I am interested in your model and have a question.  For some reason I did not 
locate the case where thermal run away occurred.  I suspect that I missed that 
in the large volume of material.  Could you direct me to that location?

You mention that I may be assuming a linear internal power generation process, 
but that is not what I am doing with my model.  I assume a polynomial series 
for this purpose.  Any mathematical relationship can be tested with my 
simulation and I have tested the old tried and true exponential curve as well.  
Each one has its own quirks and can lead to thermal run away when the COP get 

I am quite pleased that you are developing a model independently from me so 
that we can approach the problem from two different directions.  One day we 
should combine our attempts, but you need to continue for a while longer with 
your model.  Make an attempt to calculate the COP you are measuring and the 
thermal run away process.



-----Original Message-----
From: Alan Fletcher <>
To: newvortex <>
Cc: vortex-l <>
Sent: Wed, Jun 5, 2013 5:09 pm
Subject: [Vo]:Re: [nVo] Moletrap discussions on the "independent report" on  
Rossi's  Hot Cat

NOTE : this is being sent to vortex AND new-vortex   I hope it works!

> From: "Abd ul-Rahman Lomax" <>
> Sent: Wednesday, June 5, 2013 2:50:08 PM
> Subject: [nVo] Moletrap discussions on the "independent report" on Rossi's  
Hot Cat

> >Seriously, folks..... the one issue that keeps being glossed over
> >whenever it is brought up is just this: How do you control an
> >exothermic reaction at the core of a cylinder by using heating coils
> >further out towards the surface of the cylinder?
> >I have never yet heard a plausible explanation of how this is
> >supposed to work in Rossi's system. It is clear from the graphs in
> >the paper that the system must be supplied with power, literally
> >from outside, or it will cool right off. The data that appear to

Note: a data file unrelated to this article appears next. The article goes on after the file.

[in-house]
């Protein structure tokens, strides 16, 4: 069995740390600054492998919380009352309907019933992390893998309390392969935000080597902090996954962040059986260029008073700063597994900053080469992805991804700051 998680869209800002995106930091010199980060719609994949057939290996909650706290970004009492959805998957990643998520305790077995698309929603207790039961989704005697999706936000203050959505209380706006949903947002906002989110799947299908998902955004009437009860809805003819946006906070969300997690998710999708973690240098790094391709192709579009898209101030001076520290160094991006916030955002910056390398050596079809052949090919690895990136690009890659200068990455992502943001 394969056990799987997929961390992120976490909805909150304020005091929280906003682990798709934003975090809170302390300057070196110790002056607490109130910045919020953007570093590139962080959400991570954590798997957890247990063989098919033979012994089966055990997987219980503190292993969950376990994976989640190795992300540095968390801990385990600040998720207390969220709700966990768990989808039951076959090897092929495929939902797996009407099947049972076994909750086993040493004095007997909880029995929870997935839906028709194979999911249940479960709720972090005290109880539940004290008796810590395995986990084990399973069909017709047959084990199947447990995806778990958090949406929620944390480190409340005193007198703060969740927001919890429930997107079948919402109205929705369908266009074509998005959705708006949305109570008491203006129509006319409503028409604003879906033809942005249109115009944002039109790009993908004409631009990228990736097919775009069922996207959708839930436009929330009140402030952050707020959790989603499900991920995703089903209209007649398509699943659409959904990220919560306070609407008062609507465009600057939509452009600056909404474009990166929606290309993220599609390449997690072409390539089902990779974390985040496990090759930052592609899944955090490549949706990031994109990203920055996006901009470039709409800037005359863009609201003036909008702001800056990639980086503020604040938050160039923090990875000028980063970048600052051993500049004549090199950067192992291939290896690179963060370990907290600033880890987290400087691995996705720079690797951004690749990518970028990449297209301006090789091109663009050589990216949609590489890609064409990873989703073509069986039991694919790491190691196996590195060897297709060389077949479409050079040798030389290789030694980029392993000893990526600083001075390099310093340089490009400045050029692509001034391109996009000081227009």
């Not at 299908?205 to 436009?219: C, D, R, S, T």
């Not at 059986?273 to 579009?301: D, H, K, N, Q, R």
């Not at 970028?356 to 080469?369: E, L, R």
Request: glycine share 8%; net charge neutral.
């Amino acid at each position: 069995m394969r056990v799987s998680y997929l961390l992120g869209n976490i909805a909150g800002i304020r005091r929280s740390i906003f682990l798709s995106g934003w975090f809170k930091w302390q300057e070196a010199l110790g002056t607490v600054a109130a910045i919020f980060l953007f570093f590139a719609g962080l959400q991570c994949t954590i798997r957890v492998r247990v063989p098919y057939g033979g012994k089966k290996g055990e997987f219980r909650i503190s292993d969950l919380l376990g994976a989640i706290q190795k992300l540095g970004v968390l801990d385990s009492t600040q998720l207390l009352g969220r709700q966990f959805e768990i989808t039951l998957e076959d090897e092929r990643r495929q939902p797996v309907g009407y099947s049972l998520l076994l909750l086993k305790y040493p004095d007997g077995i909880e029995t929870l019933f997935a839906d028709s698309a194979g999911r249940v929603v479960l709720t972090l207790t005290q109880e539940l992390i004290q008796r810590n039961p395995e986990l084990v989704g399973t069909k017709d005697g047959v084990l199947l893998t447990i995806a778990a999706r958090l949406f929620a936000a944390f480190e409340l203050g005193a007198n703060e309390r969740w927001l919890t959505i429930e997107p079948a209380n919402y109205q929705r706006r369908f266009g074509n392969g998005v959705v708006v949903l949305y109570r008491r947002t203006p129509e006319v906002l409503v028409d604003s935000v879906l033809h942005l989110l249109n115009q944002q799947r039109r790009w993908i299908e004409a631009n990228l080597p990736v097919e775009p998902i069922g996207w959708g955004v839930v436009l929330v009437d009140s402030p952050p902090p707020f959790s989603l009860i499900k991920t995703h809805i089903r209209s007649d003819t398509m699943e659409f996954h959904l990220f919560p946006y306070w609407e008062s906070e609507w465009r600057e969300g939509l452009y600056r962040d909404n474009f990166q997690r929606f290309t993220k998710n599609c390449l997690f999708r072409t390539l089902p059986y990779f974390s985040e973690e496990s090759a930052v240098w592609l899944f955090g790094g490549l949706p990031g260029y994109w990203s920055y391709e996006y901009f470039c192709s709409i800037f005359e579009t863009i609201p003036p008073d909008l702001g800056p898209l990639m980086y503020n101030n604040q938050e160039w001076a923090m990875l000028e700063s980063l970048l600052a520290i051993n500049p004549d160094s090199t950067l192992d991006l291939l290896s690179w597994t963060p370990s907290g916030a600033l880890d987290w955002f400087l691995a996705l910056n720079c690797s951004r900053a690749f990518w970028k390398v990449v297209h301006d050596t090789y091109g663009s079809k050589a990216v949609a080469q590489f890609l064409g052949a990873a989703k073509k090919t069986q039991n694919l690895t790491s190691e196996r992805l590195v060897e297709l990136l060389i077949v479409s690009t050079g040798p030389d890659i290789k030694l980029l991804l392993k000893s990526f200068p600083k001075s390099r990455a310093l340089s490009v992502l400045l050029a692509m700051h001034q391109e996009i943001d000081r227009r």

> >show it continuing to heat up for a little while after the power is
> >reduced, in each cycle of the thermostatically-controlled power
> >cycling, simply indicate that it takes a little time for temperature
> >changes to propagate thru the device, I think, and in no way
> >indicate that the inner core is exothermic on its own. How do you
> >get any kind of "self-sustaining" behaviour from this, and
> >especially how do you use the heat coils to stop the thing from
> >"runaway heating" and meltdown, if the inner cylinder is a greater
> >source of heat than are the coils?

I have just finished an  initial thermal analysis of the Hotcat, using Spice, 
an attempt to explain its unusual "sine-like" output.

I tried various possible "waveforms" for the hotcat's excess heat, and found 
best fit to be a "sawtooth" -- starting when the heater pulse arrives, 
at its peak, and then falling rapidly.

I am working on a model to explain this behavior. 

On vortex David Roberson is exploring the control mechanism, also through a 
Spice model. He argues for a linear control model.

My short answer is that yes, Virginia ... a small  heat source  CAN control the 
large heat source.


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